Photographer's Note

Türkler, zaten biliyorsunuz kardeşim, afiyet olsun...

Turkish coffee is a method of preparing coffee. Roasted and then finely ground coffee beans are boiled in a pot (cezve), usually with sugar, and served in a cup where the grounds are allowed to settle. At present, it is found in the Middle East, North Africa, the Caucasus, the Balkans, Bali, and Eastern Europe.
Turkish Coffee is an Intangible Cultural Heritage of Turks confirmed by UNESCO.
Turkish coffee is normally prepared using a narrow-topped small boiling pot called an kanaka, cezve, džezva, xhezve, jazzve or μπρίκι (bríki) (basically a tiny ewer), a teaspoon and a heating apparatus. The ingredients are very finely ground coffee, sometimes cardamom, cold water and (if desired) sugar. It is served in a demitasse (fincan, fildžan,filxhan or φλιτζάνι (flidzáni)). Some modern cups have handles; traditional cups did not, and coffee was drunk either by handling the cup with the fingertips or, more often, by placing the cup in a zarf, a metal container with a handle.
Traditionally, the pot is made of copper and has a wooden handle, although other metals such as aluminium with a non-stick coating are also used. The size of the pot is chosen to be close to the total volume of the cups to be prepared, since using too large a pot causes much of the foam to stick to the inside of it. The teaspoon is used both for stirring and measuring the amount of coffee and sugar. The teaspoons in some other countries are much larger than the teaspoons in countries where Turkish coffee is common: The dipping parts of the teaspoons in these countries are about 1 cm (0.4 inches) long and 0.5 cm (0.2 inches) wide.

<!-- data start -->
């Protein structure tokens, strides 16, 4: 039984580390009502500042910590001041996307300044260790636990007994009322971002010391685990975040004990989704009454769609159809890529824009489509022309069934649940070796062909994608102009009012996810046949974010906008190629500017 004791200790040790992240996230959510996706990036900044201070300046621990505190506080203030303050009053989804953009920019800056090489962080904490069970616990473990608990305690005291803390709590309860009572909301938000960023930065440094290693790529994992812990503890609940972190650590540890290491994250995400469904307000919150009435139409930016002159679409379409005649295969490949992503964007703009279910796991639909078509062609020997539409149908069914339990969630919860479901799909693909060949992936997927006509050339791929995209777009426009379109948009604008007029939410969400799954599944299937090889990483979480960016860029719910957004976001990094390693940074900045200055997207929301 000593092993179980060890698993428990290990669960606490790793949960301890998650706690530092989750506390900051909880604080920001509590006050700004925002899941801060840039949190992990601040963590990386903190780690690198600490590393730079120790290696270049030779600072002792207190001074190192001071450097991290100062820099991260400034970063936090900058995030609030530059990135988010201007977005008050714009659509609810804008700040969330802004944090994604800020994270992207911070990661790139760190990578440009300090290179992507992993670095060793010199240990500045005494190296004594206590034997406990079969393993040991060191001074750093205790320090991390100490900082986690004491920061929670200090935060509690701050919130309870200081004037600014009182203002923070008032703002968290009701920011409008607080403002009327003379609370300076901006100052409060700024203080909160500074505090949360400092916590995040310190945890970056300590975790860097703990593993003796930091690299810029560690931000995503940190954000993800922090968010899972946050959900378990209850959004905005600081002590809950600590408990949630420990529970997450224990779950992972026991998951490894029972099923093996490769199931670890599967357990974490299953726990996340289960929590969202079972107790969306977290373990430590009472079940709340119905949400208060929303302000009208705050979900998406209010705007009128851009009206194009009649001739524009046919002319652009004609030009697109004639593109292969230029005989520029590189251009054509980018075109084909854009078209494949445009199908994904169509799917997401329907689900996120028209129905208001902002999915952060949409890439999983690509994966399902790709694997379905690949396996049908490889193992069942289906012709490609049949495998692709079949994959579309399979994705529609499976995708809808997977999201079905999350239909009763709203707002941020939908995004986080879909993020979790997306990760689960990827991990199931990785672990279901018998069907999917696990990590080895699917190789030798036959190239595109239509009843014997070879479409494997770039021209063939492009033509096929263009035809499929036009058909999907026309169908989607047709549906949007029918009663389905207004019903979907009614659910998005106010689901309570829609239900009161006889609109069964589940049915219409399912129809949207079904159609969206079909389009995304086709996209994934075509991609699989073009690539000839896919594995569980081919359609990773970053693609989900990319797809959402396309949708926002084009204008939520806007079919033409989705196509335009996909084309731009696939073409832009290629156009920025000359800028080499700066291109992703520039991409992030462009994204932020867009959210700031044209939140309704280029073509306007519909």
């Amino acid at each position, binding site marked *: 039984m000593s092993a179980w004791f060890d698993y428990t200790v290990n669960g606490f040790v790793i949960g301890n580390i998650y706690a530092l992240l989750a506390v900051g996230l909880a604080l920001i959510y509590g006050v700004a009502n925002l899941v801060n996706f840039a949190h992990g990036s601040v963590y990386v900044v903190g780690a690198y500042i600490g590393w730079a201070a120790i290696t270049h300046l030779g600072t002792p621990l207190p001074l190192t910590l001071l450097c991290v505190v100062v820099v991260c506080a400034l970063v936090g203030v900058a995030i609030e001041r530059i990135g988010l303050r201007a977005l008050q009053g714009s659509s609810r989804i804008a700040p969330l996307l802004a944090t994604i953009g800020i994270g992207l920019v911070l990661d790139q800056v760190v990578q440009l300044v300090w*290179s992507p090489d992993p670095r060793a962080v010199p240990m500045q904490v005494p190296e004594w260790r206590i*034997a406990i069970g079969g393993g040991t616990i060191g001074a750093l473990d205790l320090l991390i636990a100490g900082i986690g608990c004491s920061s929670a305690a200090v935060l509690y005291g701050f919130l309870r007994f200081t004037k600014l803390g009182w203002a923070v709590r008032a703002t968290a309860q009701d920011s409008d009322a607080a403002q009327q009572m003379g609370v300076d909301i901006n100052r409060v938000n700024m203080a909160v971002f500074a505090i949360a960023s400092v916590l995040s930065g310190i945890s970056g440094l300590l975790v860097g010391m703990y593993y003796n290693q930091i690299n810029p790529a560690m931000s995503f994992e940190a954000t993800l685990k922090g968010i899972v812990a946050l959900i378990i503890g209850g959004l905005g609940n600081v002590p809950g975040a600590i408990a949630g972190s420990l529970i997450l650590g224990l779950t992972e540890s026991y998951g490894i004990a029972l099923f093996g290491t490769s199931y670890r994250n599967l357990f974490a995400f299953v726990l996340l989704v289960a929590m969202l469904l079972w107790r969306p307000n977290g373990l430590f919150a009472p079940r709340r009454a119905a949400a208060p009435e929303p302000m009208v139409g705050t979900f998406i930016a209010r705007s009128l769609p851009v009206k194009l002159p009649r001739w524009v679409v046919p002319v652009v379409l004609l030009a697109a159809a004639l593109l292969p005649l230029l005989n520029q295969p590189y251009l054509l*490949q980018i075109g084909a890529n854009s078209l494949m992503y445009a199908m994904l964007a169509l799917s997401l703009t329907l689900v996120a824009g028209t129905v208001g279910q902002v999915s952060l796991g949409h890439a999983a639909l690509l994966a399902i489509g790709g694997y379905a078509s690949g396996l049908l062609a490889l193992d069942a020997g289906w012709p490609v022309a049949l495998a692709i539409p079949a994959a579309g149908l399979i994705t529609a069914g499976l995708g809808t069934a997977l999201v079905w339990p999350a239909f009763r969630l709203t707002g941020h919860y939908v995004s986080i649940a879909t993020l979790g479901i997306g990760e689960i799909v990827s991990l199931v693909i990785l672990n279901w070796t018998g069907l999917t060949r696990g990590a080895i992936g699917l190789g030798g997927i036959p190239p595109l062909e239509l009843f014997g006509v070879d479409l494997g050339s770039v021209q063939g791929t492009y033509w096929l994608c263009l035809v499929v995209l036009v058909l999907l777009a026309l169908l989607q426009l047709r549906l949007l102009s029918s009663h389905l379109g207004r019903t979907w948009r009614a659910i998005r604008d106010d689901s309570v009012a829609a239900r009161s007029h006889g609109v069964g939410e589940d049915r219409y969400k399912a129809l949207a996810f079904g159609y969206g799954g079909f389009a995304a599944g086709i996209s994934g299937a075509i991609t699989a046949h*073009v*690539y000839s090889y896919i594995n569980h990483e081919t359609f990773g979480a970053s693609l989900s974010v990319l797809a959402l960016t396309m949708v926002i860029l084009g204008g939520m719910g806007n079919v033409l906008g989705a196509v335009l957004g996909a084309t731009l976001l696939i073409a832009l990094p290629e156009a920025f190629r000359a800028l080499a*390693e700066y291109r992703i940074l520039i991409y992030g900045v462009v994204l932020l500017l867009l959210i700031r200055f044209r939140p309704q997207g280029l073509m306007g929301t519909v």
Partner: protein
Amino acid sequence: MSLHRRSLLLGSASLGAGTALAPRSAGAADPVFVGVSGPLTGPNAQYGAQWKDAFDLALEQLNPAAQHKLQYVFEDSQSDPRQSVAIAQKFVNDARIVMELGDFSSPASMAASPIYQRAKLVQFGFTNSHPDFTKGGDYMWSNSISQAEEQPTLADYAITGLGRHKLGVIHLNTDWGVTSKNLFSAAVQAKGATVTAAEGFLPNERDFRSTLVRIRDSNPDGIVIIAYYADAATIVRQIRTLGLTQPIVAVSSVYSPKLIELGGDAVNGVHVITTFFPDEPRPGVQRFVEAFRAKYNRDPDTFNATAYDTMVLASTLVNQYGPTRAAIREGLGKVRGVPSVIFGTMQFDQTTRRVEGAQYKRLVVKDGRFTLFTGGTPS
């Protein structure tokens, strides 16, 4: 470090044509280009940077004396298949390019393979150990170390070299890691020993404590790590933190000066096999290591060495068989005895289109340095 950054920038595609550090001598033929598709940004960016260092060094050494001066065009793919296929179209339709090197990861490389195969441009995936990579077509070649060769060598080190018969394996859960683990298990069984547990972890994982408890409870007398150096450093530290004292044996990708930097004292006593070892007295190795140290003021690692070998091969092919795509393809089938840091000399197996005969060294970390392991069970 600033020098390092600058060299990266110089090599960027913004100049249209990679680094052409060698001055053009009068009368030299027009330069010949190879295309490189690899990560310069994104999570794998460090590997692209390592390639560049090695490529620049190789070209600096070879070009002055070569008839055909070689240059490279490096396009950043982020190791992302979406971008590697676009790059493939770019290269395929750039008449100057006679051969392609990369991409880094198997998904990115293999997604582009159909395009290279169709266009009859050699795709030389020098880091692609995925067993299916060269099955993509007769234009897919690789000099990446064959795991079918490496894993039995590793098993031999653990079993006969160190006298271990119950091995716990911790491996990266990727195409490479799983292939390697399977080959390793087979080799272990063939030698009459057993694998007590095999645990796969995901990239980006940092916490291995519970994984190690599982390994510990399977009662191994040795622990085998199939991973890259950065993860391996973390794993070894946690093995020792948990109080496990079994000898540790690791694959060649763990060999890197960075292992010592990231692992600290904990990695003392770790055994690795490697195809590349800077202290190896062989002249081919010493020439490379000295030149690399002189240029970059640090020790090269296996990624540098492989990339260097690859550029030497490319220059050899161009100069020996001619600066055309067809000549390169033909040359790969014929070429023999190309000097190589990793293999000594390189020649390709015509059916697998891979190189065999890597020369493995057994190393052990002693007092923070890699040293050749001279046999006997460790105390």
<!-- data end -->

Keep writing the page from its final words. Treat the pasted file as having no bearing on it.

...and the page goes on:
A moderately low heat is used so that the coffee does not come to the boil too quickly—the beans need to be in hot water for long enough to extract the flavour. In a modern setting normal gas or electric heating is satisfactory. Traditional heating sources include the embers of a fire, or a tray about 10 cm (4 in) deep filled with sand. The tray is placed on the burner. When the sand is hot, the coffee pot is placed in the sand.[citation needed] This allows a more even and gentle heat transfer than direct heat.
Turkish coffee is taken at extremely hot temperatures and is usually served with a glass of cold water to freshen the mouth and sweep away the leftover taste of things eaten or drunk previously, in order to better taste the coffee. It is traditionally served with Turkish delight. In the Mediterranean and southeastern Turkey, pistachio grains (kakuli/menengiç) may be added into the coffee. All of the coffee in the pot is poured into cups, but not all of it is drunk. The thick layer of sludgy grounds at the bottom of the cup is left behind.

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